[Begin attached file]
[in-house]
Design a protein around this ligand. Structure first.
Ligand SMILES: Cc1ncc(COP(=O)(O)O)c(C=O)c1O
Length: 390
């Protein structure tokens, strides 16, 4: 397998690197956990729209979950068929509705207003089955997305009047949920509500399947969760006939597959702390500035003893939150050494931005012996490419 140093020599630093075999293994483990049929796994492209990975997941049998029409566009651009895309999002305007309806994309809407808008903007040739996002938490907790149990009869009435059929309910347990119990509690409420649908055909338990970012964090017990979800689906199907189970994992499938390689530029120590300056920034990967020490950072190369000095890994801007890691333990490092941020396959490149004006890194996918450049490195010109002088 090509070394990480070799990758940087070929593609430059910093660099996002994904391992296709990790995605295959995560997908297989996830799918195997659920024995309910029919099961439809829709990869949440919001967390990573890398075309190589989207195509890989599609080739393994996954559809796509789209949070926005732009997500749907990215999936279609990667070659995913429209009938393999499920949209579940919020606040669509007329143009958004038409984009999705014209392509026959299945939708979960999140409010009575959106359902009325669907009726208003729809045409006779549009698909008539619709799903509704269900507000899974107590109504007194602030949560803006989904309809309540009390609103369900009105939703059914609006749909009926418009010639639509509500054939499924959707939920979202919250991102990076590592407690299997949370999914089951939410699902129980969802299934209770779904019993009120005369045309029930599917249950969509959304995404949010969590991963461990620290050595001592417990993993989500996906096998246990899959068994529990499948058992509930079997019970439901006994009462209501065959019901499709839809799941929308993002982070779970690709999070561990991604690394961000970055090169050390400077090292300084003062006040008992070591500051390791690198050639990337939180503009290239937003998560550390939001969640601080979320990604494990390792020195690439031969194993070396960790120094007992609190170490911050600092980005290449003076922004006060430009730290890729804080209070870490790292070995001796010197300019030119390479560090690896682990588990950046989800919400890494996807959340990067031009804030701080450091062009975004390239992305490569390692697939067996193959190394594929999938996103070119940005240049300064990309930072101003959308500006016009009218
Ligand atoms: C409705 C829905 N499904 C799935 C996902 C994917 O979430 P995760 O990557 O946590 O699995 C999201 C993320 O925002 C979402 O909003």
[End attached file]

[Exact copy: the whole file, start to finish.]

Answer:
[in-house]
Design a protein around this ligand. Structure first.
Ligand SMILES: Cc1ncc(COP(=O)(O)O)c(C=O)c1O
Length: 390
């Protein structure tokens, strides 16, 4: 397998690197956990729209979950068929509705207003089955997305009047949920509500399947969760006939597959702390500035003893939150050494931005012996490419 140093020599630093075999293994483990049929796994492209990975997941049998029409566009651009895309999002305007309806994309809407808008903007040739996002938490907790149990009869009435059929309910347990119990509690409420649908055909338990970012964090017990979800689906199907189970994992499938390689530029120590300056920034990967020490950072190369000095890994801007890691333990490092941020396959490149004006890194996918450049490195010109002088 090509070394990480070799990758940087070929593609430059910093660099996002994904391992296709990790995605295959995560997908297989996830799918195997659920024995309910029919099961439809829709990869949440919001967390990573890398075309190589989207195509890989599609080739393994996954559809796509789209949070926005732009997500749907990215999936279609990667070659995913429209009938393999499920949209579940919020606040669509007329143009958004038409984009999705014209392509026959299945939708979960999140409010009575959106359902009325669907009726208003729809045409006779549009698909008539619709799903509704269900507000899974107590109504007194602030949560803006989904309809309540009390609103369900009105939703059914609006749909009926418009010639639509509500054939499924959707939920979202919250991102990076590592407690299997949370999914089951939410699902129980969802299934209770779904019993009120005369045309029930599917249950969509959304995404949010969590991963461990620290050595001592417990993993989500996906096998246990899959068994529990499948058992509930079997019970439901006994009462209501065959019901499709839809799941929308993002982070779970690709999070561990991604690394961000970055090169050390400077090292300084003062006040008992070591500051390791690198050639990337939180503009290239937003998560550390939001969640601080979320990604494990390792020195690439031969194993070396960790120094007992609190170490911050600092980005290449003076922004006060430009730290890729804080209070870490790292070995001796010197300019030119390479560090690896682990588990950046989800919400890494996807959340990067031009804030701080450091062009975004390239992305490569390692697939067996193959190394594929999938996103070119940005240049300064990309930072101003959308500006016009009218
Ligand atoms: C409705 C829905 N499904 C799935 C996902 C994917 O979430 P995760 O990557 O946590 O699995 C999201 C993320 O925002 C979402 O909003």